Part 1 of a two-part series on a2 milk. For part 2 click here.
A Doctor (& Registered Dietitian) Examines the Evidence.
The myths and facts about a2 milk – details to help you decide if you should give it a go!
What is a2 milk?
What is a2 milk?
Traditional cow’s milk has been blamed for a variety of symptoms ranging from digestive discomfort to inflammation. Supporters of a2 milk, a fairly new player on the market, claim it doesn’t have these same negative effects. But you may be wondering – is this true? And you might have more questions. Is it genetically modified? Can you drink it if you are lactose intolerant? How much does it cost? Let’s get to answering these questions and others.
The origin of a2 milk
Milk contains two main proteins; casein and whey (1). Casein is the major protein in milk and has two forms, a1 and a2. Most milk currently found in markets contains predominantly the a1 form of the protein. A2 milk contains only the a2 protein. It is derived from cows that are specifically bred to produce only a2 milk.
Thousands of years ago, cows only produced the a2 type of protein in their milk. When cows were domesticated about 8,000 years ago, they started to produce a1 protein (2). Cows now must be specifically bred to produce only a2 protein milk.
Some research suggests we may be able to better tolerate milk that contains the a2 protein. This is the same kind of milk protein found in goat’s milk and sheep’s milk, and is known for being better tolerated than regular cow’s milk (3).
A2 milk was first sold in Australia and New Zealand and has expanded to the US and Europe. A2 has been available in the US since 2015 and is most widely available in California (4).
The nutrients in milk include protein, fat, and carbohydrates. Milk is hydrating – it is nearly 90% water. It is a good source of calcium, as most people know, but it is also a good source of vitamin B12, riboflavin, phosphorus, and selenium (5).
The protein in milk is a complete protein. This means that it provides all of the essential amino acids that we are unable to make ourselves (6).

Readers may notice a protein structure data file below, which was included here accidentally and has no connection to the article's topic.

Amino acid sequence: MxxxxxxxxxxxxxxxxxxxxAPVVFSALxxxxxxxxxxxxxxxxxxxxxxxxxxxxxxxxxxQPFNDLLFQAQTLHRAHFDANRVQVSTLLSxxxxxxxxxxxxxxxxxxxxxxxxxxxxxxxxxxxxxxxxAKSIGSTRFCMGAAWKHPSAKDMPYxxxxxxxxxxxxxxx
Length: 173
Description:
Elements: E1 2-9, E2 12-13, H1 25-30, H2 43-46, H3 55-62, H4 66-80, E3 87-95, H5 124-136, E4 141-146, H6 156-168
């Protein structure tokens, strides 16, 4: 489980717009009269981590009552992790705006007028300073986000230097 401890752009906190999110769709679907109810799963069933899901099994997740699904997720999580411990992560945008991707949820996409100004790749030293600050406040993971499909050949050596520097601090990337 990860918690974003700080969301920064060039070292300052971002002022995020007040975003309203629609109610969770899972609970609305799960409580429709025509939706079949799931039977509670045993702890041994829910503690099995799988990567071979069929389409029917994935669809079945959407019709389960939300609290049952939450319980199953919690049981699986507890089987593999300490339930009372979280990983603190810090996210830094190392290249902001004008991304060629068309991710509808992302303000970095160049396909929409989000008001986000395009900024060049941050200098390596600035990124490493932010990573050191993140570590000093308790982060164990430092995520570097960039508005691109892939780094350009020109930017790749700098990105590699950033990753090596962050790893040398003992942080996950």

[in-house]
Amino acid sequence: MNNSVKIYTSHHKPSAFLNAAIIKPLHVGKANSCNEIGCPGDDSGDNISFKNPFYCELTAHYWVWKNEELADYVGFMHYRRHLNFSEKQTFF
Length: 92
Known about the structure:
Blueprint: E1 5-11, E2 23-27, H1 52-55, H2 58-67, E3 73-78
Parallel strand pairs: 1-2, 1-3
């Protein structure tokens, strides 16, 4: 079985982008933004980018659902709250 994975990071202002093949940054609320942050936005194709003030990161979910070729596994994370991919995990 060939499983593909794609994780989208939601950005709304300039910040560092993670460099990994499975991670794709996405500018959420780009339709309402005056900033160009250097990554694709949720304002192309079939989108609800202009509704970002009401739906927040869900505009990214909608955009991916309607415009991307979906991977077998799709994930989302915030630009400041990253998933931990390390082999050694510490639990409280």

Common questions about a2 milk
A2 milk and lactose intolerance ?
You may be able to tolerate a2 milk if you have lactose intolerance.
Lactose is the main sugar in milk. Our ability to digest lactose depends on our genetic potential as well as our gut health. If we are eating foods that damage our gut, we eliminate the lactase enzyme (and our ability to digest lactose), too.
Both “regular” a1 milk and a2 milk contain the same amount of lactose. If you don’t tolerate regular milk because of the lactose, you might not tolerate a2 milk either (7). However, if you are experiencing discomfort after consuming milk, it is possible that you’re experiencing an inflammatory response to the protein, not the milk sugar lactose. Some research suggests that folks who believe that they have a lactose intolerance actually do tolerate a2 milk better (8). This is because symptoms attributed to lactose may be due to inflammation and not lactose in some people.
A2 milk and dairy allergy ?
A2 milk is not safe if you have a dairy allergy.
If you have a dairy allergy, A2 milk is not safe for you. Do not drink A2 milk or consume any products made with a2 milk if you have a milk allergy.
A2 milk and dairy sensitivity ?
A2 milk may be better tolerated if you have a sensitivity/intolerance to regular cow’s milk, cheese or other dairy products. It is NOT meant to be consumed if you have a dairy allergy.
If you have a dairy sensitivity, it may be worth experimenting with a2 milk or lower-casein options, such as goat’s milk or sheep’s milk products. You may be pleasantly surprised that you can tolerate it. If you do not, you may feel better sticking with dairy-free alternatives and skipping milk altogether.
Note: a2 milk powder contains soy lecithin (10).
Is a2 milk genetically modified?
No, a2 milk is not genetically modified.